President Barack Obama clashed sharply with a top Republican foe as tense talks to avert a ruinous early August US debt default flared up amid grim warnings about the global consequences.
US central bank chief Ben Bernanke said a default would plunge the economy into "major crisis," while ratings agency Moody's warned the United States may lose its sterling triple-A debt rating on rising risks of a short-term default.
Default would "throw shockwaves through the entire global financial system," and risk sending the fragile US economy into a new recession, the US Federal Reserve chairman told a key congressional committee.
Obama, who was to hold a fifth straight day of negotiations with Republicans and fellow Democrats at 4:15 pm (2015 GMT) Thursday, planned to take stock of the seemingly stalemated process on Friday, a Democratic aide said.
"Friday is not a hard deadline," the aide told reporters after the contentious discussions wrapped up their fourth day, but "the clock is ticking, they have to get this done."
Obama needs the Republican-led House of Representatives and Democratic-held Senate to sign off on a deal to close the yawning US deficit while allowing cash-strapped Washington to borrow past an August 2 deadline.
The president, who has pressed for a comprehensive deal to last through his 2012 reelection campaign, was sending Treasury Secretary Tim Geithner to brief Senate Democrats Thursday on the state of the negotiations.
Obama has called for cuts to social safety net programs dear to Democrats while pushing for tax hikes on the rich, a step rejected by Republicans who charge doing so will smother investment and crush already weak job growth.
Tensions boiled over Wednesday, with Obama heatedly rejected Republican House Majority Leader Eric Cantor's push for a short-term deal anchored on spending cuts, according to key Republican and Democratic aides.
Obama said he would veto such a stopgap measure, warned Cantor "don't call my bluff," and declared himself ready to take his case to US voters, agreed aides on both sides, who described the events on condition of anonymity.
Republican aides described Obama as storming out of the meeting in a huff, while their Democratic counterparts said that the presidential rebuke left Cantor chastised and speechless.
"I've reached my limit. This may bring my presidency down, but I will not yield on this," according to a Republican aide.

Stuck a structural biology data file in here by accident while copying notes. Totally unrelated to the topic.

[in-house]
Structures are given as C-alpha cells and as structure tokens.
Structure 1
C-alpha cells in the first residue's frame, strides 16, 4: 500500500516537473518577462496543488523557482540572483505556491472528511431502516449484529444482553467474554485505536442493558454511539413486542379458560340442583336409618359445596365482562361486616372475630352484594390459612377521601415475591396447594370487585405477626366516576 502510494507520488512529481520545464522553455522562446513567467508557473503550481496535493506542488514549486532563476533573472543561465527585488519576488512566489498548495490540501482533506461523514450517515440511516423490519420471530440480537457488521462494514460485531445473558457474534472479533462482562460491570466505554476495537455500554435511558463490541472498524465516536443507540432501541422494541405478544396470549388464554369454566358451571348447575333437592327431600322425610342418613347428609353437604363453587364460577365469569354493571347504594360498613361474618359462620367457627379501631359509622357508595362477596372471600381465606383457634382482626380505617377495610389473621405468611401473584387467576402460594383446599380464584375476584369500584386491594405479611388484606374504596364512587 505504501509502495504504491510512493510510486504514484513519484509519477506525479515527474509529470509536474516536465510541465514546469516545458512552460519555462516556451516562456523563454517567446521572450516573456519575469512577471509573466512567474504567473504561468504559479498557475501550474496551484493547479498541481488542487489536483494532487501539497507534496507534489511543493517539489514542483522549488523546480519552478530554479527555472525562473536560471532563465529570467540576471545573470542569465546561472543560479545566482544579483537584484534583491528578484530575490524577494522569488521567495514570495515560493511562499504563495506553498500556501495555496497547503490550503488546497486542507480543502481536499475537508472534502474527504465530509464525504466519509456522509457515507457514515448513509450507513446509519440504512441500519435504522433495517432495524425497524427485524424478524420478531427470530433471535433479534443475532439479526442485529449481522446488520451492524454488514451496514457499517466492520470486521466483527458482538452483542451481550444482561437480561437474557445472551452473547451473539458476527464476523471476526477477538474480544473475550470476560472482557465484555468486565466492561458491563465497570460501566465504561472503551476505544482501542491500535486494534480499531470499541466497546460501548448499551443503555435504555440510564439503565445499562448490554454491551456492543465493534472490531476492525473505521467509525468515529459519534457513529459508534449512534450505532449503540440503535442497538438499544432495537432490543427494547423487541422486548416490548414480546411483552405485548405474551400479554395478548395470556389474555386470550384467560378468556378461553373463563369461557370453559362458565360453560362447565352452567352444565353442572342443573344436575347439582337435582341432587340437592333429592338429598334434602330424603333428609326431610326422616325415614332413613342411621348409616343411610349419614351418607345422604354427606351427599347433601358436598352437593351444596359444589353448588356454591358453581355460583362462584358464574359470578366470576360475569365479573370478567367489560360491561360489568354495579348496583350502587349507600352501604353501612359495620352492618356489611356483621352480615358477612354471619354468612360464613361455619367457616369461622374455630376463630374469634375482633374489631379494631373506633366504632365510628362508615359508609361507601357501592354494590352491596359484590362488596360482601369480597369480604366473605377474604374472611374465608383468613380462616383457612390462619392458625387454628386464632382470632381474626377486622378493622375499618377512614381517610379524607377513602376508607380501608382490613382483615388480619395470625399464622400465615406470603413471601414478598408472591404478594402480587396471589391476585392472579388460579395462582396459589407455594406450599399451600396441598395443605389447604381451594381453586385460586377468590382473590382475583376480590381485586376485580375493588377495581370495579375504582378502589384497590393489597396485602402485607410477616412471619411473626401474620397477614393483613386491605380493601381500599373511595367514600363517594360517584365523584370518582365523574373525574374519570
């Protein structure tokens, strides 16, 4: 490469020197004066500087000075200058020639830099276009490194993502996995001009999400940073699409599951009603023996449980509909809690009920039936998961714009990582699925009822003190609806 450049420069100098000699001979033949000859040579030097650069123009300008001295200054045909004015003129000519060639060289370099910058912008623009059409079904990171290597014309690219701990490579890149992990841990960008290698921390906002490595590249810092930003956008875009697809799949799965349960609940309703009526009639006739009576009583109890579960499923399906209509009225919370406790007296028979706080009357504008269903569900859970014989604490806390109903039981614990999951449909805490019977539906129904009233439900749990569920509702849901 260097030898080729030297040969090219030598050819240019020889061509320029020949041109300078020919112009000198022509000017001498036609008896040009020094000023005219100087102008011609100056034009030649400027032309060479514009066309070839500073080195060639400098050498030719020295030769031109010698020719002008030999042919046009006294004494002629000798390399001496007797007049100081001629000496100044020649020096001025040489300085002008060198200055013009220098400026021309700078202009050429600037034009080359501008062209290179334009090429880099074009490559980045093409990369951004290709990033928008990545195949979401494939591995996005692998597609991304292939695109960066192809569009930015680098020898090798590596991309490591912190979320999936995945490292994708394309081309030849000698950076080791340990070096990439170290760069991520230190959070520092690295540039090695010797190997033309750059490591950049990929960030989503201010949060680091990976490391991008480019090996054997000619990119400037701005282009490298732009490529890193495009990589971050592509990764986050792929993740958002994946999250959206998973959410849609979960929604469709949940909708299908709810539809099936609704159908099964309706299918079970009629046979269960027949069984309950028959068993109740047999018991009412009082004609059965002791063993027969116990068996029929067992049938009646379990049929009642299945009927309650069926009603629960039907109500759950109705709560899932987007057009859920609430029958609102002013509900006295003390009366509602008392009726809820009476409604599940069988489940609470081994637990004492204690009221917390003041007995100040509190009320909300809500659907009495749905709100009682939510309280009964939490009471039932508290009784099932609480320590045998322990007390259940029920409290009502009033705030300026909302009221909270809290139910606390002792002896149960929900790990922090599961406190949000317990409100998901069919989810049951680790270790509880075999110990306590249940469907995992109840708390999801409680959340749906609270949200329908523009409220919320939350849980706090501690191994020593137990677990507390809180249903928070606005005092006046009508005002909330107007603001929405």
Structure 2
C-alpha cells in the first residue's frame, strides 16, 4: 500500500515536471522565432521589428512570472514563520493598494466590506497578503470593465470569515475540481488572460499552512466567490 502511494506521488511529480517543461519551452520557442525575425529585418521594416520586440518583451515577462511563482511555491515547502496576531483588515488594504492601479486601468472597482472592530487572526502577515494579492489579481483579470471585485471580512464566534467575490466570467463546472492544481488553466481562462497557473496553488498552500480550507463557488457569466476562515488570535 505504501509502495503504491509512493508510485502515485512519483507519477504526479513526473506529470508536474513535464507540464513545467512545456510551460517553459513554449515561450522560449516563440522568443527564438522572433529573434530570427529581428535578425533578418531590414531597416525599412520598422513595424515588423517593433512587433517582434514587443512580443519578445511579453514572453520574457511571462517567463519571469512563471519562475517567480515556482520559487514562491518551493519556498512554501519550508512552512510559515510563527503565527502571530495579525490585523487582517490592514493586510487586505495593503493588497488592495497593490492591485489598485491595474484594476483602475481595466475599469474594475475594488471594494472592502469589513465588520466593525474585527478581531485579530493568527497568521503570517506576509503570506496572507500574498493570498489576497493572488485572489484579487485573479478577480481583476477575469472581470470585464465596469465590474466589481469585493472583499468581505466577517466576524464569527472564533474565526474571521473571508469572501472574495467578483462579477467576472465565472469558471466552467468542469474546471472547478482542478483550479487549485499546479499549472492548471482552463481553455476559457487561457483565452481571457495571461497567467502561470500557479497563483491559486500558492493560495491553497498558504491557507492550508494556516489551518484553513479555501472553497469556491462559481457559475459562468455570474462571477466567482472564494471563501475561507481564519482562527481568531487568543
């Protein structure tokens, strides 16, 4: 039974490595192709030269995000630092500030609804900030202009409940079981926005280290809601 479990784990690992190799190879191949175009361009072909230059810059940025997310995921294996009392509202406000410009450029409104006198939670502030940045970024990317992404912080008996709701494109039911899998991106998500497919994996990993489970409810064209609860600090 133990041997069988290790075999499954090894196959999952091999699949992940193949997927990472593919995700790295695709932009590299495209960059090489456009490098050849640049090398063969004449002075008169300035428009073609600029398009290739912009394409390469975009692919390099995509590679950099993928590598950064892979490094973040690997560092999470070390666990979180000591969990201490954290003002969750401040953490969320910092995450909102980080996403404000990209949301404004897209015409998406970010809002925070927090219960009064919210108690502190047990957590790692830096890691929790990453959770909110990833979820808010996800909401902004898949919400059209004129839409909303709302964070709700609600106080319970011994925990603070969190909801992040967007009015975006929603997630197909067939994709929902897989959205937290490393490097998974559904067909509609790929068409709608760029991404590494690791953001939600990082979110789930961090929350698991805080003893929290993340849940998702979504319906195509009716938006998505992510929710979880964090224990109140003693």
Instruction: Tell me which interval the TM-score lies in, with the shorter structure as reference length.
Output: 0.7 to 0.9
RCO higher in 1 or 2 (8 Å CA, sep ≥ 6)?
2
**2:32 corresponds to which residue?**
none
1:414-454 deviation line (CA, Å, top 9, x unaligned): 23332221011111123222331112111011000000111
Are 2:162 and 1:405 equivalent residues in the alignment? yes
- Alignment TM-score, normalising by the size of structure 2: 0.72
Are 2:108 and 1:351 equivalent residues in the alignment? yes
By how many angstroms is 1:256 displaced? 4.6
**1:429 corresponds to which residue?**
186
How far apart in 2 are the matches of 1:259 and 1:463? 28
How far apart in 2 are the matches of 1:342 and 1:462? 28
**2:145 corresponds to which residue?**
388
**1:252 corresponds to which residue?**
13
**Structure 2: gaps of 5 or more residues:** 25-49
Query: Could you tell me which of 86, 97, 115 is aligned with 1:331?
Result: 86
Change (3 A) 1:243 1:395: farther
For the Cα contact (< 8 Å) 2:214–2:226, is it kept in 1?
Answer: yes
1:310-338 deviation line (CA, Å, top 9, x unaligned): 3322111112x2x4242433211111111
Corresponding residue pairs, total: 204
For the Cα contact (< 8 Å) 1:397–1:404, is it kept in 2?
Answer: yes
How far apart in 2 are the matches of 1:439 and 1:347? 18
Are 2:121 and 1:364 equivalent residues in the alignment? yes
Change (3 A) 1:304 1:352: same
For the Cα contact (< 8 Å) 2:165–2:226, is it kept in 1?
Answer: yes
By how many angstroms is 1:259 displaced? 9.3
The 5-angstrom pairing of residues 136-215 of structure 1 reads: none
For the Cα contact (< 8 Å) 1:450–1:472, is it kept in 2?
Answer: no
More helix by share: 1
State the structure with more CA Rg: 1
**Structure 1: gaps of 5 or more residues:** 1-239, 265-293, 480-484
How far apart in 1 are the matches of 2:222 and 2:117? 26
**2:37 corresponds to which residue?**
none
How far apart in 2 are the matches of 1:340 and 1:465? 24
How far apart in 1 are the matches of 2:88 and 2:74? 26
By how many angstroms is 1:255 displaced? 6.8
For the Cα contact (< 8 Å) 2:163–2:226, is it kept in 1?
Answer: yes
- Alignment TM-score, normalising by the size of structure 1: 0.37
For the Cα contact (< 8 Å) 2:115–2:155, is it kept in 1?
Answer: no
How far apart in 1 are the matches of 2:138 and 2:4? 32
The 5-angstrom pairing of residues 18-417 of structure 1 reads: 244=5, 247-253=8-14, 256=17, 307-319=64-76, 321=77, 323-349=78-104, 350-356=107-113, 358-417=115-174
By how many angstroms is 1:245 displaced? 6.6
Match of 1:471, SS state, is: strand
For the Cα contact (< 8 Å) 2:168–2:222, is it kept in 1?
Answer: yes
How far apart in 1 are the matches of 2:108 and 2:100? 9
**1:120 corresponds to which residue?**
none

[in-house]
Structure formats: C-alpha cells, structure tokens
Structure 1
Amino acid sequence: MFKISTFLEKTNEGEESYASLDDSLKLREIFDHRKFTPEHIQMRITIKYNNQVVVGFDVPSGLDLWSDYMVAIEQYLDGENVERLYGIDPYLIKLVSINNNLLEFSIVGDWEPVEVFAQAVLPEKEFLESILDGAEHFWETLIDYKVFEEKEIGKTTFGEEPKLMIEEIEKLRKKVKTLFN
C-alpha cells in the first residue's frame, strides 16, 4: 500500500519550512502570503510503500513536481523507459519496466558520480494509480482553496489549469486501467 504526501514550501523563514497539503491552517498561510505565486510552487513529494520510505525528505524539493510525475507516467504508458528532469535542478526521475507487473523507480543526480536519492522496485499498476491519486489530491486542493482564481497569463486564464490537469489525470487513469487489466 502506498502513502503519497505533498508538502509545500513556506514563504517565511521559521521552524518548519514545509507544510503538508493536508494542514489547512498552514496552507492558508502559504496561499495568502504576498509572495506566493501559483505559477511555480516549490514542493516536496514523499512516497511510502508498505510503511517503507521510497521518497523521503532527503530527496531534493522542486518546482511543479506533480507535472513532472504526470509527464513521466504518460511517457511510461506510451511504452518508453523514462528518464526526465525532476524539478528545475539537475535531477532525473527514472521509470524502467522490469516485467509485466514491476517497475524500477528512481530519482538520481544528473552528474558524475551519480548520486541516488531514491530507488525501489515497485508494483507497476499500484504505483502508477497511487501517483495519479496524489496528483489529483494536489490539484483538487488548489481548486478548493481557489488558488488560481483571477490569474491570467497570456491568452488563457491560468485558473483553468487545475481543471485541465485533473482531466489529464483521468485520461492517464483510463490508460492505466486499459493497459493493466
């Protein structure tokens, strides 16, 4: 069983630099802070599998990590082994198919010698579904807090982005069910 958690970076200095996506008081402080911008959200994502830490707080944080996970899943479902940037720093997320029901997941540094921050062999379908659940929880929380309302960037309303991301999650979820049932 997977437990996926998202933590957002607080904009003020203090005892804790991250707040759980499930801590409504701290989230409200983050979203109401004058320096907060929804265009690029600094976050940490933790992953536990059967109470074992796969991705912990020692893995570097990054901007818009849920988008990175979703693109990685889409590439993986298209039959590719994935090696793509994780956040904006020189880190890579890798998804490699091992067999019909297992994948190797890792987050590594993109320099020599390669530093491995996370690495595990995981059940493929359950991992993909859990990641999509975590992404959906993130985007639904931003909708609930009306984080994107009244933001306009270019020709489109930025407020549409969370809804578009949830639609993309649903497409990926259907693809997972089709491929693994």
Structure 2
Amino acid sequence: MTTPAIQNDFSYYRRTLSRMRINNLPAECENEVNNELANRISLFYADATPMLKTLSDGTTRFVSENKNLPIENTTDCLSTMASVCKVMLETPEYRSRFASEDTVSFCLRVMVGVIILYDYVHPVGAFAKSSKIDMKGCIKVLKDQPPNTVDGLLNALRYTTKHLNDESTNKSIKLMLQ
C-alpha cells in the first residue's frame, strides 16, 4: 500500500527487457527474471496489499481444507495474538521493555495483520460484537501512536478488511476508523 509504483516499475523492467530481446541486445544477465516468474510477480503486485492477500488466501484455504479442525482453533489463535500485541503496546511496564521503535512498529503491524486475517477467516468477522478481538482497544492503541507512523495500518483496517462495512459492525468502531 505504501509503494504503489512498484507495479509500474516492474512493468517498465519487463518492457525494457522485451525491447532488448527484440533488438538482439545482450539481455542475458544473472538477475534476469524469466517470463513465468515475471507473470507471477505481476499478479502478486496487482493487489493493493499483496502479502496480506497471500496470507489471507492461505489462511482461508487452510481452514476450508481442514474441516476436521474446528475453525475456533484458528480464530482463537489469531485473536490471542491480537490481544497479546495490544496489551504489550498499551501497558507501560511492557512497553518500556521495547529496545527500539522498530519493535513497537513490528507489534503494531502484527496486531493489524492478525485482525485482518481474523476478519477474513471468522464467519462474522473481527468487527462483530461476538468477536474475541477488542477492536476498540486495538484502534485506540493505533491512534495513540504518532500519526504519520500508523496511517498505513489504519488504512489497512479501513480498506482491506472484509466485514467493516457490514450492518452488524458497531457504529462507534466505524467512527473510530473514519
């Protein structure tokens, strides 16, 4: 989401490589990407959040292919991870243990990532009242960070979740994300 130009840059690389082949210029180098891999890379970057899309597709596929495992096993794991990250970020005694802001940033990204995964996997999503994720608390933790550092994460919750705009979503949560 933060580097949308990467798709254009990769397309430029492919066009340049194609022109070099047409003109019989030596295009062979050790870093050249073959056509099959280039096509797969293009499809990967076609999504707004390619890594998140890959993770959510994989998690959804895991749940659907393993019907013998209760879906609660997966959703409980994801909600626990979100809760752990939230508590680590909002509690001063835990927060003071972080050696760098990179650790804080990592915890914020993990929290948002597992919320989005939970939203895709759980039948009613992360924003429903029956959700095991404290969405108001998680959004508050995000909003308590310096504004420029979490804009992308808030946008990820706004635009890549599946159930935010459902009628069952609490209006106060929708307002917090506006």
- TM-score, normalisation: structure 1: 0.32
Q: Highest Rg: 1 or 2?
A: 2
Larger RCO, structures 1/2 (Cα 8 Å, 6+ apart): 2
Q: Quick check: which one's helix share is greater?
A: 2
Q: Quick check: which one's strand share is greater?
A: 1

The president's message was "enough posturing, he said 'enough is enough.' He did not abruptly walk out. He was done with the meeting, everyone was done with the meeting, and he left," said a Democratic aide.
An aide to Republican House Speaker John Boehner later signalled that the lawmaker was prepared to accept a short-term deal in which spending cuts outweigh the debt limit increase and tax hikes are off the table.
The shift to a stopgap could clear the way for a plan crafted by Republican Senate Minority Mitch McConnell, whose proposal would effectively see the debt limit rise only with Democratic votes and without guaranteeing spending cuts.
Leading Democrats and the White House greeted McConnell's proposal carefully, but it was unclear whether the plan would rally enough Republican support to pass the divided US Congress.
Republicans have embraced fiscal discipline since Obama took office, after years in which they backed massive tax cuts and rejected paying for wars in Afghanistan and Iraq or a costly increase in a popular health care program.
Obama has called for daily talks to reach a deal to lift the US debt ceiling, now at $14.29 trillion, in the face of a budget deficit expected to hit $1.6 trillion this year.
The US hit the ceiling on May 16 and has used spending and accounting adjustments, as well as higher-than-expected tax receipts, to continue operating without impact on government obligations.
But by August 2, the government will have to begin withholding payments to bond holders, civil servants, retirees or government contractors.
The prospect of a default led Moody's to place US debt on a downgrade watch, citing prospects that talks may not reach a deal in time to "prevent a missed payment of interest or principal on outstanding bonds and notes."
"Moody's considers the probability of a default on interest payments to be low but no longer to be de minimis," the agency said.